The first Iranian tanker, coincidentally named “Fortune,” entered Venezuela’s international waters early on May 24 carrying around one million barrels of oil. Venezuelan and Bolivian navy ships and aircraft are escorting the tanker to port, by Venezuelan and Bolivian navy ships and aircraft according to Venezuelan oil minister Tareck El Aissami.
The vessel was a welcome sight for the Venezuelan president and people, who are in the grips of a crippling gasoline crisis, despite the South American country holding the world’s largest oil reserves. A combination of mismanagement and international sanctions has caused a shortage of refined Venezuelan oil, leading the government to impose strict rationing since late March.
On May 25, the Venezuelan President Nicolas Maduro took to state TV to proclaim the ship’s arrival and defend his country’s right to free trade.
“We, Venezuela and Iran, want peace,” Maduro said. “We have the right to freely trade products throughout the seas of the world.”
Maduro also boasted that Iranians and Venezuelans are “two revolutionary peoples who will never kneel down before North American imperialism.”
Inflation hit 8,000% this year in Venezuela and violence, insecurity and lack of essentials like food and medicine have become the norm. An estimated 4.5 million people have left Venezuela in recent years, with the vast majority fleeing to neighboring Latin American and Caribbean countries in what the UNHCR describes as “the largest exodus in the region’s recent history.”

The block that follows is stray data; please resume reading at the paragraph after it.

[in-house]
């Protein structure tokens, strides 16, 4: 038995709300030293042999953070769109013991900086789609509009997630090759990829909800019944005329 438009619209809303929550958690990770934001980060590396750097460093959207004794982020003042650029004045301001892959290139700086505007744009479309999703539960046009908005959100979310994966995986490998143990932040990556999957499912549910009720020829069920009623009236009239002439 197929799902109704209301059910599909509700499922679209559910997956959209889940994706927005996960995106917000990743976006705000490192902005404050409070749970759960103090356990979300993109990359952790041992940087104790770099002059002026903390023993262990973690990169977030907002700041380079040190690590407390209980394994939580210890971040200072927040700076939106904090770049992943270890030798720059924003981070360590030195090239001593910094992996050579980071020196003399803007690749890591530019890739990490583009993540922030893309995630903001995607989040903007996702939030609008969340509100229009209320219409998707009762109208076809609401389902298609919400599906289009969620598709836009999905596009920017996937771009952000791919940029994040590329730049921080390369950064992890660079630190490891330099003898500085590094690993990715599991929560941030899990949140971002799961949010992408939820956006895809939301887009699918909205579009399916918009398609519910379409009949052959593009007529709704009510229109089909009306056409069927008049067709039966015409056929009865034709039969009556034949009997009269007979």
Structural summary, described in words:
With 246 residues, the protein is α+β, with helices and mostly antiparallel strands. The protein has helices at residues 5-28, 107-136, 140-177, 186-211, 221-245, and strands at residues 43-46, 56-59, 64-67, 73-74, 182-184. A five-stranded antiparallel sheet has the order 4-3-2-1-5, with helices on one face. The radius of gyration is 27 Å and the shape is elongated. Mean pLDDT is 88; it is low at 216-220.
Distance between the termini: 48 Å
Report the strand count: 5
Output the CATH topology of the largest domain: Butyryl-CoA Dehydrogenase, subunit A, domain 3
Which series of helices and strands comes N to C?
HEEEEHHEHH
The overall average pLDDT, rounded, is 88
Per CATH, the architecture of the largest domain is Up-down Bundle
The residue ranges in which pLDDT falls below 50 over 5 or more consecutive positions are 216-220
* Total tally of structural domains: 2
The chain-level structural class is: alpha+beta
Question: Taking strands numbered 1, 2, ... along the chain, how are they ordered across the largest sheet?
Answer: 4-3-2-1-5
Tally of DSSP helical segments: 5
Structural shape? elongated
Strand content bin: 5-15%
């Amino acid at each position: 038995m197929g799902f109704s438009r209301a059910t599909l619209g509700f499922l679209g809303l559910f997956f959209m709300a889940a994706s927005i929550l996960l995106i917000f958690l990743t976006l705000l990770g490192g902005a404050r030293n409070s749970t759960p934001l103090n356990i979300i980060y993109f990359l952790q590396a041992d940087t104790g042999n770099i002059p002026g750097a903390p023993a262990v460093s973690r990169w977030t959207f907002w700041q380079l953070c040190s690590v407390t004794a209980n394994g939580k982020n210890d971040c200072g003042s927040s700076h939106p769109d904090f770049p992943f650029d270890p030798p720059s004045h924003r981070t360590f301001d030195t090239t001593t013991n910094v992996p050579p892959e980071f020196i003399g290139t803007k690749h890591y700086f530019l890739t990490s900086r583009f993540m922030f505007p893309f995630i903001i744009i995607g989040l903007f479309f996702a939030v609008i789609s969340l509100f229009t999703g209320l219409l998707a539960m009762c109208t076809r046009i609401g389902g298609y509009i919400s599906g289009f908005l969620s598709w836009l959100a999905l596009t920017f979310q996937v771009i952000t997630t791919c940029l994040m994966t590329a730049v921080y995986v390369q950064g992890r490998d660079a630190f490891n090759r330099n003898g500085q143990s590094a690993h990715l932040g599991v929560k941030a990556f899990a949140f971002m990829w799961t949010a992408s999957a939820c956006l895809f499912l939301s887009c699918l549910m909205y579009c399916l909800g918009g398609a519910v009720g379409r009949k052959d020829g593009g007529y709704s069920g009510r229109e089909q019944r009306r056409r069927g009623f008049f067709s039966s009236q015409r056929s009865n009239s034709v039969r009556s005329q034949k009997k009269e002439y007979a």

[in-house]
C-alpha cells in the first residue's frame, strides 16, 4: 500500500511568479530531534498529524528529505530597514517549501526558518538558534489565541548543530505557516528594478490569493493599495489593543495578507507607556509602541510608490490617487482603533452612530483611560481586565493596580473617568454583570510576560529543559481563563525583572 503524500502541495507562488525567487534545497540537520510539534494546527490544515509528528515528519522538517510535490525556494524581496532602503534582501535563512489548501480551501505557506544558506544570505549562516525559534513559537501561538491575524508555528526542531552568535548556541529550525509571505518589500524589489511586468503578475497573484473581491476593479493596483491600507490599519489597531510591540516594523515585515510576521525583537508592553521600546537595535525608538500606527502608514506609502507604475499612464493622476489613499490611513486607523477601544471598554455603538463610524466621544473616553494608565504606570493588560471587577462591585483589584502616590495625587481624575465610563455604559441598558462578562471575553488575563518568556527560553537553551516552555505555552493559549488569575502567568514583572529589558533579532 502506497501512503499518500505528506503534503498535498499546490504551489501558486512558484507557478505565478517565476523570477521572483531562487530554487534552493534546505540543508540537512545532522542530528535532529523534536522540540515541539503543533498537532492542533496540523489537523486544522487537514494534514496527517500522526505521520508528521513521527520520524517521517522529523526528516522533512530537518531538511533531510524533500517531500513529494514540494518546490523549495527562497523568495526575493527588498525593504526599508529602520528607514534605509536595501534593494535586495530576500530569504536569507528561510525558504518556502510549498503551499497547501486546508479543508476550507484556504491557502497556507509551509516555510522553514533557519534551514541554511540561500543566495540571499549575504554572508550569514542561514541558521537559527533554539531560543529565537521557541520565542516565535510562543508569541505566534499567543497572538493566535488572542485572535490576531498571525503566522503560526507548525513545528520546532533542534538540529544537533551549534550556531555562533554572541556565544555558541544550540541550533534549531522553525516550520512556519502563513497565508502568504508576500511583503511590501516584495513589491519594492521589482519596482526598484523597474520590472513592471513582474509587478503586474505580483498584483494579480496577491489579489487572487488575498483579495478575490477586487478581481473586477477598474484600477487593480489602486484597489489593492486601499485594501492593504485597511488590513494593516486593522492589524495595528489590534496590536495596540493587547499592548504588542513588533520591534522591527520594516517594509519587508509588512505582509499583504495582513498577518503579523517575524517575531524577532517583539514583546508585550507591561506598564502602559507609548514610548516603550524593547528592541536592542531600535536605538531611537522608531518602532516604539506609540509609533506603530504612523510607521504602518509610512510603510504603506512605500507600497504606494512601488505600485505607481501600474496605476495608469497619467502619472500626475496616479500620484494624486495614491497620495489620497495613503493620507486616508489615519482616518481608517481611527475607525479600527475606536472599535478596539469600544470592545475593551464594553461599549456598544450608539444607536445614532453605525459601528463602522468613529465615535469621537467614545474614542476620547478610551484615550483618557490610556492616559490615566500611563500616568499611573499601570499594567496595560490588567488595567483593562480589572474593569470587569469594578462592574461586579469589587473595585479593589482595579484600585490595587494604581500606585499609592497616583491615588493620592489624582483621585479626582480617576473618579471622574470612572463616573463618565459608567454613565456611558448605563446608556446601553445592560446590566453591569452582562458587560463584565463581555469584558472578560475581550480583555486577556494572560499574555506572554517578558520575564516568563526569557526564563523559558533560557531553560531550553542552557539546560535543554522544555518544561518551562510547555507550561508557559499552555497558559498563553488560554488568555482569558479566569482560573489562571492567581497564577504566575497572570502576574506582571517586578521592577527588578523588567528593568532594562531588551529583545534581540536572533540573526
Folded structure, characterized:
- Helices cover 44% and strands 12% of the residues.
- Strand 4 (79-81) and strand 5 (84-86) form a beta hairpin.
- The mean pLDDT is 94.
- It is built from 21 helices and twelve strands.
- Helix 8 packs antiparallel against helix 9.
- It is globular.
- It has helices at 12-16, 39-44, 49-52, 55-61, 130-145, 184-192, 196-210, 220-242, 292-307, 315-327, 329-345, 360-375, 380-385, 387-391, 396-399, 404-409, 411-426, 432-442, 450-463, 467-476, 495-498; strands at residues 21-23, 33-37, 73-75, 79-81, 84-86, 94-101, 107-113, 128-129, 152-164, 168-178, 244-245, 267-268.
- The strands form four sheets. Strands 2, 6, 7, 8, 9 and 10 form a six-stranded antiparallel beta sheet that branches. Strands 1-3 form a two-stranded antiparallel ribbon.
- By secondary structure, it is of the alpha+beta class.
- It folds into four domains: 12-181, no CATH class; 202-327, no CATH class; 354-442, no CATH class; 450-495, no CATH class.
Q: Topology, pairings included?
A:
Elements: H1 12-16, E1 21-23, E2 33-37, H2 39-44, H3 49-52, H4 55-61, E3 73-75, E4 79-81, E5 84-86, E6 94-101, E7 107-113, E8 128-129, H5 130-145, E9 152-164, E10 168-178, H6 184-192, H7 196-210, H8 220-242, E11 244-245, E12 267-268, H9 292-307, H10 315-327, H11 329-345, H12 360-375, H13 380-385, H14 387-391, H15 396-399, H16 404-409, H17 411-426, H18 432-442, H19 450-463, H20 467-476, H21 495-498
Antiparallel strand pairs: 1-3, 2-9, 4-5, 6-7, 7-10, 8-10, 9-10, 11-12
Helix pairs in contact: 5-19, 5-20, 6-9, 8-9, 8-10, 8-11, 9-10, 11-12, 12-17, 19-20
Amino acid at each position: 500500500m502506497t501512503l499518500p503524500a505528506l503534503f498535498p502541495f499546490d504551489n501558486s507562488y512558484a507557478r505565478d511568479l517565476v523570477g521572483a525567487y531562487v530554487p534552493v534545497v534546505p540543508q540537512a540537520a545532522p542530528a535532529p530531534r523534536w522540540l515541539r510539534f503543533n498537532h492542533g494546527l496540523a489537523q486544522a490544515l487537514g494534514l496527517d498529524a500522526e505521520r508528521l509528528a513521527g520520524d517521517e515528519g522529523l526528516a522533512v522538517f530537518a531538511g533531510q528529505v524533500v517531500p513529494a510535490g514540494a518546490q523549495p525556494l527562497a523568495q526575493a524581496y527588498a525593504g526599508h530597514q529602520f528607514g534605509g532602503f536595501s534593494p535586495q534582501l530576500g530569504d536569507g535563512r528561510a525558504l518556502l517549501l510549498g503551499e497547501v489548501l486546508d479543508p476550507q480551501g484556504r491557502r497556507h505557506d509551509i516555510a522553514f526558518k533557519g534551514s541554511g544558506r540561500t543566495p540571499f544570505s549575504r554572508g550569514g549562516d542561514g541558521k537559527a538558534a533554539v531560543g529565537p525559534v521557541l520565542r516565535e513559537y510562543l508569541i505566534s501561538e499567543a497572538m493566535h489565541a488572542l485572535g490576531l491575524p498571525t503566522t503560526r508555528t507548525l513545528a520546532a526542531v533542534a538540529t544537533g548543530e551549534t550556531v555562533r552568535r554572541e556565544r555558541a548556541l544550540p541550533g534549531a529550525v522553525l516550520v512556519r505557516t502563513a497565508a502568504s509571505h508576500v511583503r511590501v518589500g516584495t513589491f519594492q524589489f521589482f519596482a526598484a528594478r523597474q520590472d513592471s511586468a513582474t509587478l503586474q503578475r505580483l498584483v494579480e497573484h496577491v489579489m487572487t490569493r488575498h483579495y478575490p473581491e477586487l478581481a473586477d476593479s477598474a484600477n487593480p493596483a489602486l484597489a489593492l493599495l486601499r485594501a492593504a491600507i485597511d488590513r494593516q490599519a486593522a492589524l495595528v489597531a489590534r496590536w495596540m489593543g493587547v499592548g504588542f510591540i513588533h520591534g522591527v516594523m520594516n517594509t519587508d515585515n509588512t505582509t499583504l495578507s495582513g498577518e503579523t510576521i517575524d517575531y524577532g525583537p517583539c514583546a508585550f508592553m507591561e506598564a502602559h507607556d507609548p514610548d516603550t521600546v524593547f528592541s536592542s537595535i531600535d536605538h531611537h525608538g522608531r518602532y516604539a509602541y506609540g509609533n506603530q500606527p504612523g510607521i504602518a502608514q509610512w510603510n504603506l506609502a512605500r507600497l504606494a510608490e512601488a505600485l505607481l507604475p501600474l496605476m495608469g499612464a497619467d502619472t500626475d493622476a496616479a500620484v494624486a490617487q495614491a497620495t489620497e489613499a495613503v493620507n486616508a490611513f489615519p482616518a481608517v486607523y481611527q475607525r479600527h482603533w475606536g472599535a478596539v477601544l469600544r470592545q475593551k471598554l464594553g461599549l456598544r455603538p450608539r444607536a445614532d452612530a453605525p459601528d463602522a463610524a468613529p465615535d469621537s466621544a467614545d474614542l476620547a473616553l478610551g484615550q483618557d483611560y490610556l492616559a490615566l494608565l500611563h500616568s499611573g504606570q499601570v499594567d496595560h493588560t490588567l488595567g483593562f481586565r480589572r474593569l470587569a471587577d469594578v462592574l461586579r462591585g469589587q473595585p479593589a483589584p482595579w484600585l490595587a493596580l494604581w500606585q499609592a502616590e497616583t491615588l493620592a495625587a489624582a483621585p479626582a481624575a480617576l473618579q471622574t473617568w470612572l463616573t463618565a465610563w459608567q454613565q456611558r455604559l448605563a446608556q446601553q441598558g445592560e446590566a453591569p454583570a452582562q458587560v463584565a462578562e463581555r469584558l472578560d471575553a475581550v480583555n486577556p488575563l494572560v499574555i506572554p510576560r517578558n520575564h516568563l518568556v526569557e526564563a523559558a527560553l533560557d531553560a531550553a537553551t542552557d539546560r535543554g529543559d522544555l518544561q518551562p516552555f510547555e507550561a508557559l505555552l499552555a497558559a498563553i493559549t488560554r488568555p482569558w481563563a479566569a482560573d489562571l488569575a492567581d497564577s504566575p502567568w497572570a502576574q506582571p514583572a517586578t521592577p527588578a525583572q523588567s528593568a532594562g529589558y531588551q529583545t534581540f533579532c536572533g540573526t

The “Fortune’s” safe arrival has likely elicited a sigh of relief from Tehran, who had threatened to deliver an “unwavering and crushing response” if the US or any other power interfered with the tankers.
Venezuela, like Iran, is subject to US sanctions aimed at pressuring Maduro to make way for opposition leader Juan Guaido, who the Americans see as the country’s rightful president.
“Venezuelans need free and fair presidential elections leading to democracy and economic recovery, not Maduro’s expensive deals with another pariah state,” US State Department spokeswoman Morgan Ortagus said yesterday in response to the deal with Iran.
Under the deal, reportedly worth $500 million, oil technicians, additives, and parts have reached Venezuela from Iran to prop up the government-owned Petroleos de Venezuela refineries in Cardon and Amuay.
Tehran-based airline Mahan Air flights have been returning to Iran carrying some of the estimated nine tons of gold Caracas is using to pay for the deal, providing much-needed revenue for the Iranian coffers depleted by sanctions and now COVID-19.